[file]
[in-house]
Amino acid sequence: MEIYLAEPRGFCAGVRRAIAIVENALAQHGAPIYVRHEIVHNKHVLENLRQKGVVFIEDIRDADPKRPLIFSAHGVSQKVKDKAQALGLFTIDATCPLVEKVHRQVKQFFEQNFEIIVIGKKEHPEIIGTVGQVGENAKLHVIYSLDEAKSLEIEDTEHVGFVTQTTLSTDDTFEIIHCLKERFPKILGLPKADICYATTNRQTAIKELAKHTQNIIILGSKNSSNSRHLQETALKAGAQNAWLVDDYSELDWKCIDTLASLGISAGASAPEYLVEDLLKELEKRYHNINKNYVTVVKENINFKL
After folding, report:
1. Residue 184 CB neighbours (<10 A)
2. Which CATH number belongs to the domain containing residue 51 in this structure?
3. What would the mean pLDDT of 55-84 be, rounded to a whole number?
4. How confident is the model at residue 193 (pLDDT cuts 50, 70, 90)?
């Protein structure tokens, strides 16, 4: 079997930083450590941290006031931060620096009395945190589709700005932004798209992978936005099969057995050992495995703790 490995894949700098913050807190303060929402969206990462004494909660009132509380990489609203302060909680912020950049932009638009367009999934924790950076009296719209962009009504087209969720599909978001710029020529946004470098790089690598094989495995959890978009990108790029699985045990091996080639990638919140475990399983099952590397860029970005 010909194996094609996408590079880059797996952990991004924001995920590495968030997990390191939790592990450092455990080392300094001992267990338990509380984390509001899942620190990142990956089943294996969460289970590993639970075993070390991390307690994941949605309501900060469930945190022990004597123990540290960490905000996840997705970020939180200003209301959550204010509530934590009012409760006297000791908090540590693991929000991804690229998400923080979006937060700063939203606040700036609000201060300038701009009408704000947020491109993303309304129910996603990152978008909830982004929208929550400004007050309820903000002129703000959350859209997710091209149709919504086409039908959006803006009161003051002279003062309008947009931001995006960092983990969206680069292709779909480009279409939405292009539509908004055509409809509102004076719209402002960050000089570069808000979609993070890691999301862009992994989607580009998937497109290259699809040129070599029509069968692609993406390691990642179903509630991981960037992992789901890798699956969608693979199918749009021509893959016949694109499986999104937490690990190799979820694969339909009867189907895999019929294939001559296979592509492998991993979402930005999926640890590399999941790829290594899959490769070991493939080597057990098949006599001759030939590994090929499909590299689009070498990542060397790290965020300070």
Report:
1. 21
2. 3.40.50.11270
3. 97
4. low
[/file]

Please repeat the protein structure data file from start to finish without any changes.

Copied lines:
[in-house]
Amino acid sequence: MEIYLAEPRGFCAGVRRAIAIVENALAQHGAPIYVRHEIVHNKHVLENLRQKGVVFIEDIRDADPKRPLIFSAHGVSQKVKDKAQALGLFTIDATCPLVEKVHRQVKQFFEQNFEIIVIGKKEHPEIIGTVGQVGENAKLHVIYSLDEAKSLEIEDTEHVGFVTQTTLSTDDTFEIIHCLKERFPKILGLPKADICYATTNRQTAIKELAKHTQNIIILGSKNSSNSRHLQETALKAGAQNAWLVDDYSELDWKCIDTLASLGISAGASAPEYLVEDLLKELEKRYHNINKNYVTVVKENINFKL
After folding, report:
1. Residue 184 CB neighbours (<10 A)
2. Which CATH number belongs to the domain containing residue 51 in this structure?
3. What would the mean pLDDT of 55-84 be, rounded to a whole number?
4. How confident is the model at residue 193 (pLDDT cuts 50, 70, 90)?
């Protein structure tokens, strides 16, 4: 079997930083450590941290006031931060620096009395945190589709700005932004798209992978936005099969057995050992495995703790 490995894949700098913050807190303060929402969206990462004494909660009132509380990489609203302060909680912020950049932009638009367009999934924790950076009296719209962009009504087209969720599909978001710029020529946004470098790089690598094989495995959890978009990108790029699985045990091996080639990638919140475990399983099952590397860029970005 010909194996094609996408590079880059797996952990991004924001995920590495968030997990390191939790592990450092455990080392300094001992267990338990509380984390509001899942620190990142990956089943294996969460289970590993639970075993070390991390307690994941949605309501900060469930945190022990004597123990540290960490905000996840997705970020939180200003209301959550204010509530934590009012409760006297000791908090540590693991929000991804690229998400923080979006937060700063939203606040700036609000201060300038701009009408704000947020491109993303309304129910996603990152978008909830982004929208929550400004007050309820903000002129703000959350859209997710091209149709919504086409039908959006803006009161003051002279003062309008947009931001995006960092983990969206680069292709779909480009279409939405292009539509908004055509409809509102004076719209402002960050000089570069808000979609993070890691999301862009992994989607580009998937497109290259699809040129070599029509069968692609993406390691990642179903509630991981960037992992789901890798699956969608693979199918749009021509893959016949694109499986999104937490690990190799979820694969339909009867189907895999019929294939001559296979592509492998991993979402930005999926640890590399999941790829290594899959490769070991493939080597057990098949006599001759030939590994090929499909590299689009070498990542060397790290965020300070």
Report:
1. 21
2. 3.40.50.11270
3. 97
4. low